Don’t simply look for a surgeon who is board certified. Make sure they are trained to do the procedure you are having. Yes, board certification is important, but the training is more so (in my humble opinion).
If you are having a breast augmentation, you don’t want a board certified maxillofacial surgeon or Ob-Gyn or neurosurgeon. You want someone trained in plastic surgery. It is a bonus if they are board certified. By the same token, if you need brain surgery you don’t want a board certified plastic surgeon you want someone trained in neurosurgery.
This rant was prompted by Read more »
*This blog post was originally published at Suture for a Living*
An article in the March 24 NEJM called Specialization, Subspecialization, and Subsubspecialization in Internal Medicine might have some heads shaking: Isn’t there a shortage of primary care physicians? The sounding-board piece considers the recent decision of the American Board of Internal Medicine to issue certificates in two new fields: (1) hospice and palliative care and (2) advanced heart failure and plans in-the-works for official credentialing in other, relatively narrow fields like addiction and obesity.
The essay caught my attention because I do think it’s true that we need more well-trained specialists, as much as we need capable general physicians. Ultimately both are essential for delivery of high-quality care, and both are essential for reducing health care errors and costs.
Primary care physicians are invaluable. It’s these doctors who most-often establish rapport with patients over long periods of time, who earn their trust and, in case they should become very ill, hold their confidence on important decisions — like when and where to see a specialist and whether or not to seek more, or less, aggressive care. A well-educated, thoughtful family doctor or internist typically handles most common conditions: prophylactic care including vaccinations, weight management, high blood pressure, diabetes, straightforward infections – like bacterial pneumonia or UTIs, gout and other routine sorts of problems. Read more »
*This blog post was originally published at Medical Lessons*
While public opposition to healthcare reform has diminished since its passage, physician opinions are still negative, especially among specialists who see their value to the healthcare system decreasing as reform emphasizes primary care.
A survey reports that 65 percent of nearly 3,000 physicians in all specialties said the quality of healthcare in the country will deteriorate in the next five years. Seventeen percent of respondents believe the quality of healthcare will stay the same and 18 percent believe it will improve. Meanwhile, 30 percent of healthcare consumers believe that the quality of healthcare will improve.
Physicians cited as reasons for their pessimism personal political beliefs, anger at insurance companies and a lack of accurate planning in the reform act. Other reasons include that primary care physicians won’t have the time to keep up with the extra workload, forcing more patients to depend upon nurse practitioners for primary care. When asked who will likely handle the 32 million Americans expected to receive healthcare following passage of the reform, 44 percent said primary care physicians will handle the load and 44 percent said that nurse practitioners will see them. (Physicians could vote for more than one category; options include physicians assistants and specialists, for example.) Read more »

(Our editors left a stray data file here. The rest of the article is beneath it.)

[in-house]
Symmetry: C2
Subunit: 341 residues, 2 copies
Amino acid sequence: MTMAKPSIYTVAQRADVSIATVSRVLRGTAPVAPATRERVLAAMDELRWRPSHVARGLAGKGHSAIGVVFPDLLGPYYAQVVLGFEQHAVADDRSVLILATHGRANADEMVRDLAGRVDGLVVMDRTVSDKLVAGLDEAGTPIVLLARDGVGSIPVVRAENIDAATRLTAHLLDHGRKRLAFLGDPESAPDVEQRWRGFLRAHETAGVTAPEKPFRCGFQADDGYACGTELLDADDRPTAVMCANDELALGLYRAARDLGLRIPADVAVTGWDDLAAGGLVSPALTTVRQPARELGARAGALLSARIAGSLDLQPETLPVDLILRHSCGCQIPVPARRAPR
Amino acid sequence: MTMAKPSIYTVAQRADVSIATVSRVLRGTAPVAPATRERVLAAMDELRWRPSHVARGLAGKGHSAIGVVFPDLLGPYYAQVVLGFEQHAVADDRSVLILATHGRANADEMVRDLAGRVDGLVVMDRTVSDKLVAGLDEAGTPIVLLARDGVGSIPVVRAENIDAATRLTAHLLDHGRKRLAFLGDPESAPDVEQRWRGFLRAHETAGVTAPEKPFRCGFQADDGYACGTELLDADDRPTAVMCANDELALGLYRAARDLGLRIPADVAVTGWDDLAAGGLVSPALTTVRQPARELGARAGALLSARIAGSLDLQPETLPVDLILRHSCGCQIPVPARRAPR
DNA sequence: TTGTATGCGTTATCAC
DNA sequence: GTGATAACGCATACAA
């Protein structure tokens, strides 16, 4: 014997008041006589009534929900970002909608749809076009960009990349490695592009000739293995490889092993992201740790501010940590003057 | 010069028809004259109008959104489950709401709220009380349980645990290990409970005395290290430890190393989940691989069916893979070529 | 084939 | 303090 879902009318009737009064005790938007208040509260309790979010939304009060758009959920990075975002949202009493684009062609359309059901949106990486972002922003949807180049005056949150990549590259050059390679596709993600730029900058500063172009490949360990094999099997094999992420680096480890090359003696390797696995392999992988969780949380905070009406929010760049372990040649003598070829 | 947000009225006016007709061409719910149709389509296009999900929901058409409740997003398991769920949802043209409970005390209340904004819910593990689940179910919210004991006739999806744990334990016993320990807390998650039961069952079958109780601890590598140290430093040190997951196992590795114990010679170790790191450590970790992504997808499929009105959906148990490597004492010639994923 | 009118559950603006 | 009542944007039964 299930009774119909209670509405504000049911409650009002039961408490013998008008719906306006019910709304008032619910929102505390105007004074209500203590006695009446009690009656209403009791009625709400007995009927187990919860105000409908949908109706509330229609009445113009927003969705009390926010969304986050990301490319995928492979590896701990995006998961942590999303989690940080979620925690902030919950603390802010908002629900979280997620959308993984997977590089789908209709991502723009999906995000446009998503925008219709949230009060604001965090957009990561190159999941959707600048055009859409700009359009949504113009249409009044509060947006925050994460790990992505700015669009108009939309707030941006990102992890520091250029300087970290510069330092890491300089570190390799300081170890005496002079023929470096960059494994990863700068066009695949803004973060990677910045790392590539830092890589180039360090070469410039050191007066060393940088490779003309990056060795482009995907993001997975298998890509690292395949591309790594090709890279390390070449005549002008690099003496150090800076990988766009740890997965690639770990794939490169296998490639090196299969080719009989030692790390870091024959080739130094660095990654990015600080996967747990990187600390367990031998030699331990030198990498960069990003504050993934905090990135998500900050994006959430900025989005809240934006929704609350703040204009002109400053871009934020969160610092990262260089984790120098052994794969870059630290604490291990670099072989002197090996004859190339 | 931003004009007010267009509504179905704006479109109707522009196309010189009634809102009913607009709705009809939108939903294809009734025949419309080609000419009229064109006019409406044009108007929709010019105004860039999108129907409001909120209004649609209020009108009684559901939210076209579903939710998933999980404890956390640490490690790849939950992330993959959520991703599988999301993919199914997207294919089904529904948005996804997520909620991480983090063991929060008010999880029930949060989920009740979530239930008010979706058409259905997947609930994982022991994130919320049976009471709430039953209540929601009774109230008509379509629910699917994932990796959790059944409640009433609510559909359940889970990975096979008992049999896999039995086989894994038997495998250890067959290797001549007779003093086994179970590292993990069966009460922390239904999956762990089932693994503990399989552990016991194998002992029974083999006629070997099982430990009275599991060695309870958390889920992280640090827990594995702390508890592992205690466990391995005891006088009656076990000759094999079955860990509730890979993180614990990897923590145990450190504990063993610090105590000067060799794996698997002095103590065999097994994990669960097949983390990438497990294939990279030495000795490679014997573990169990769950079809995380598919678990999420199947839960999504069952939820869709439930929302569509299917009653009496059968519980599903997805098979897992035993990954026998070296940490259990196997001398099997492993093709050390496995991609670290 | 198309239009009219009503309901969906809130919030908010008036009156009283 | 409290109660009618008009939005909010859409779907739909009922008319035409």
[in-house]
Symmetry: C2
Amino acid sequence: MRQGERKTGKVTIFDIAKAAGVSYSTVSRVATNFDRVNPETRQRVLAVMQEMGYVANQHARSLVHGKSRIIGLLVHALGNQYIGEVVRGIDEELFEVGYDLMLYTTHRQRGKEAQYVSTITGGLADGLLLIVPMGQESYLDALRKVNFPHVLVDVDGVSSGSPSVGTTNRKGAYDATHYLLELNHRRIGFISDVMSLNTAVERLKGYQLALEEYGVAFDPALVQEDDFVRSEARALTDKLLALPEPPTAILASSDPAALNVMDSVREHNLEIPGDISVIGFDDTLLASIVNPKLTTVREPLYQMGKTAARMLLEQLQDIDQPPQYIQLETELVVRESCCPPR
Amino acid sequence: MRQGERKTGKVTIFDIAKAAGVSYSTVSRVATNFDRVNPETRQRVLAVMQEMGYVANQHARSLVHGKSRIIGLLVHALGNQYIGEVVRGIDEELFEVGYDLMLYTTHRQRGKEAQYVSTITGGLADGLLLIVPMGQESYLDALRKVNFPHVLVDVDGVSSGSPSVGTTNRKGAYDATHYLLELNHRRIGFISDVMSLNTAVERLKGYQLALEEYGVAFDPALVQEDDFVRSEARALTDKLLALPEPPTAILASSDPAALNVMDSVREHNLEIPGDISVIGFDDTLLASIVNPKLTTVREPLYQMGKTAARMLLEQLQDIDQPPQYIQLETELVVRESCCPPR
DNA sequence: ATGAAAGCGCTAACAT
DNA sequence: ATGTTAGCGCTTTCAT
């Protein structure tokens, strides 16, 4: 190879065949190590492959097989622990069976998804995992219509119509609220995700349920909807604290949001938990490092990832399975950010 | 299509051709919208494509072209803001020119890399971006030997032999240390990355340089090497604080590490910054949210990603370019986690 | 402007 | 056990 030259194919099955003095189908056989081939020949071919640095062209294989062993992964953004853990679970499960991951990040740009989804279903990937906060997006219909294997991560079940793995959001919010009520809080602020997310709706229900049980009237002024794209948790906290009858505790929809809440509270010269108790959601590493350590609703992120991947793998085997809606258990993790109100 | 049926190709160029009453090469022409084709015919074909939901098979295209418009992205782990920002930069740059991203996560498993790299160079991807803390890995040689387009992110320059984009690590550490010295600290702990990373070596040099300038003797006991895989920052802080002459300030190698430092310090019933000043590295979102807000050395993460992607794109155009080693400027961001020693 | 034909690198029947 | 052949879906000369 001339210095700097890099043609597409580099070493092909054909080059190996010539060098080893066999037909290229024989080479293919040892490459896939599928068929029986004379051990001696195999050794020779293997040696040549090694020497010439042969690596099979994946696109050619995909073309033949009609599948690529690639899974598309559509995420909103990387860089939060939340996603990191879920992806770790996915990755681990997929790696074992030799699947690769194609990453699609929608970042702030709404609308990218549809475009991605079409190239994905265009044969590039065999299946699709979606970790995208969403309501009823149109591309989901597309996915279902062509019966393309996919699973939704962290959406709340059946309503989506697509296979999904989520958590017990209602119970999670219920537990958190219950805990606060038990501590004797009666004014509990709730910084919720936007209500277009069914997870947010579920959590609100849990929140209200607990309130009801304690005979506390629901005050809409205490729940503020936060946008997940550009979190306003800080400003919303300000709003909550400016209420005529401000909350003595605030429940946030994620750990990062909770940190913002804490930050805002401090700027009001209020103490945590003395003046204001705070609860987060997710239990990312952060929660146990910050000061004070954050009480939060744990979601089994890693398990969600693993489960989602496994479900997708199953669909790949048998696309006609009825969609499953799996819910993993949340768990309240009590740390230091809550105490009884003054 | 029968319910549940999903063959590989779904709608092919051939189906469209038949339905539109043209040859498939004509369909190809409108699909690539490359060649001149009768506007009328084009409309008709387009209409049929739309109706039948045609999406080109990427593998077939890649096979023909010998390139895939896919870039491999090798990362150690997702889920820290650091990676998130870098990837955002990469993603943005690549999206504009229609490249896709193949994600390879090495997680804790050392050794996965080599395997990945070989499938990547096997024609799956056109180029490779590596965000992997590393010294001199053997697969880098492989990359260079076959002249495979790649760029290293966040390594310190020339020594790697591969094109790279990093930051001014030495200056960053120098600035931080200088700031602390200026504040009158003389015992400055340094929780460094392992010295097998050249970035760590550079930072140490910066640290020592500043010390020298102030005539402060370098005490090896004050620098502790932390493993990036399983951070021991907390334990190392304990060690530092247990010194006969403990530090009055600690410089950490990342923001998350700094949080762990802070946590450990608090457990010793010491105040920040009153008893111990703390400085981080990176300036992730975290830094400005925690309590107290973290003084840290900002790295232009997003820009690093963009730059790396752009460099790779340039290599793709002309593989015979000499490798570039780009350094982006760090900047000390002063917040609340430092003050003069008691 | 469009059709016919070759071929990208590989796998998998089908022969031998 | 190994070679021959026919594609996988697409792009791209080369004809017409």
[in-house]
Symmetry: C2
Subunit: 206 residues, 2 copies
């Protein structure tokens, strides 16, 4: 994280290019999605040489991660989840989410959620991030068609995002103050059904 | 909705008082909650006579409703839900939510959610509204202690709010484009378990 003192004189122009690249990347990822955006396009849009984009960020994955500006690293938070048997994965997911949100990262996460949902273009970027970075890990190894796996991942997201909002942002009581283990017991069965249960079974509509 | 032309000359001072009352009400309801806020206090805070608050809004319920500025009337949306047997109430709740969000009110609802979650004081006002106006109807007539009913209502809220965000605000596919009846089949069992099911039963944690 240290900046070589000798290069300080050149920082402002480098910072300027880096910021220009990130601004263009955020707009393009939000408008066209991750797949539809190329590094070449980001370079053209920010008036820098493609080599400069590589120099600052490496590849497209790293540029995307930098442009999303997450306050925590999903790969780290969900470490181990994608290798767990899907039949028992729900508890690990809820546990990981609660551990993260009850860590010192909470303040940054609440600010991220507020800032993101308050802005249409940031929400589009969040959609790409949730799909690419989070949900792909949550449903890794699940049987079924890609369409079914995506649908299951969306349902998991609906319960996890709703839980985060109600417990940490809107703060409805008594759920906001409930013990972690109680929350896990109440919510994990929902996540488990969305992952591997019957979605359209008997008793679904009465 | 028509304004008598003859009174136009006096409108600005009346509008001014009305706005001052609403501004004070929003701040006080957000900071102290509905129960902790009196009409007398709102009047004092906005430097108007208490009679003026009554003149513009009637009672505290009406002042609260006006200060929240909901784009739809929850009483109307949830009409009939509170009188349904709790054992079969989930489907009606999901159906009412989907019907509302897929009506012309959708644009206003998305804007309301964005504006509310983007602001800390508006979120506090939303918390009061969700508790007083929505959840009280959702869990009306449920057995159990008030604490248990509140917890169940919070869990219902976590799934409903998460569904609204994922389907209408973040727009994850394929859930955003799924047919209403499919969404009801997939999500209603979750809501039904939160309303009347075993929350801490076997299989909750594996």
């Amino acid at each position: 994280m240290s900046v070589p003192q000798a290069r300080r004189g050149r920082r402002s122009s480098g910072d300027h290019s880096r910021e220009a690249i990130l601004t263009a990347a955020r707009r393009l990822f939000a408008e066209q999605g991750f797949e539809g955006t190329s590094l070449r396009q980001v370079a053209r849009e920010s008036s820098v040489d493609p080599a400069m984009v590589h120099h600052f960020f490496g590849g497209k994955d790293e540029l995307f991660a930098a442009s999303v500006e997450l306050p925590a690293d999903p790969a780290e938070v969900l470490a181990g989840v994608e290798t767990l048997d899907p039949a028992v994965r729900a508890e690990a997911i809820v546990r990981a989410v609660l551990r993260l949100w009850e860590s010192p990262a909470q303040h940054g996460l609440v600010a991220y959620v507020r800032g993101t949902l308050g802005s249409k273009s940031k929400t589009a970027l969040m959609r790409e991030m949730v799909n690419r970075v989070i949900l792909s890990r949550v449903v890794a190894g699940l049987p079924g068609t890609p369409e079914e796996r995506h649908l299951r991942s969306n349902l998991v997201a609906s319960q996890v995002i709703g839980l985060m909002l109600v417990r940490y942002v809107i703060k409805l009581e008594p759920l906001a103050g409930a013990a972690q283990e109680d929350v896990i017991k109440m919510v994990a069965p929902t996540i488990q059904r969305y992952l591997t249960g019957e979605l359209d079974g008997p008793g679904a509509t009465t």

*This blog post was originally published at ACP Internist*
Regular readers have heard me rant about the fragmentation of medical care in this country. Each body part not only has its own medical specialist, but in some cases its own allied health profession. Such is the case with the feet.
Doctors of podiatric medicine have to complete a four-year course of study after college, followed by a three-year podiatry residency. At the end of all that, I grant, they are expert in the care and management of complex disorders and conditions of the foot, ankle, and lower leg. I refer to them regularly, especially for stubborn ingrown toenails. (I did indeed learn how to remove offending portions of nail bed, but over the years I’ve gotten away from it.) They fail, though, when they try to extend their reach beyond their grasp, which is the case of the podiatrist above the knees. Read more »
*This blog post was originally published at Musings of a Dinosaur*
Some states are finding it tough to retain physicians. Take Virginia for instance:
A recent study found Virginia retains only 35 percent of its medical school graduates and ranks 31st among other states in retaining doctors.
In 2008, Virginia spent more than $50 million from the general fund to support medical education and had nearly 600 new physicians graduate from Virginia’s four medical schools.
Despite this, Virginia still struggles to retain medical graduates, with less than 25 percent of Virginia’s physicians graduating from medical schools in the Commonwealth.
Some feel incentives might work:
Dr. Greenawald says other states including North Carolina have incentives to keep medical students in state. He hopes Virginia considers following suit. Dr. Greenawald also said the over burden of paperwork and insurance company oversight have taken doctors away from what they love doing which is providing care to patients. He said that’s prompted many doctors to retire early.
I’m not so sure. Until more medical students feel primary care is worth the effort, the mass exodus to specialties (and the out-of-state training that is often required) will continue.
-WesMusings of a cardiologist and cardiac electrophysiologist.
*This blog post was originally published at Dr. Wes*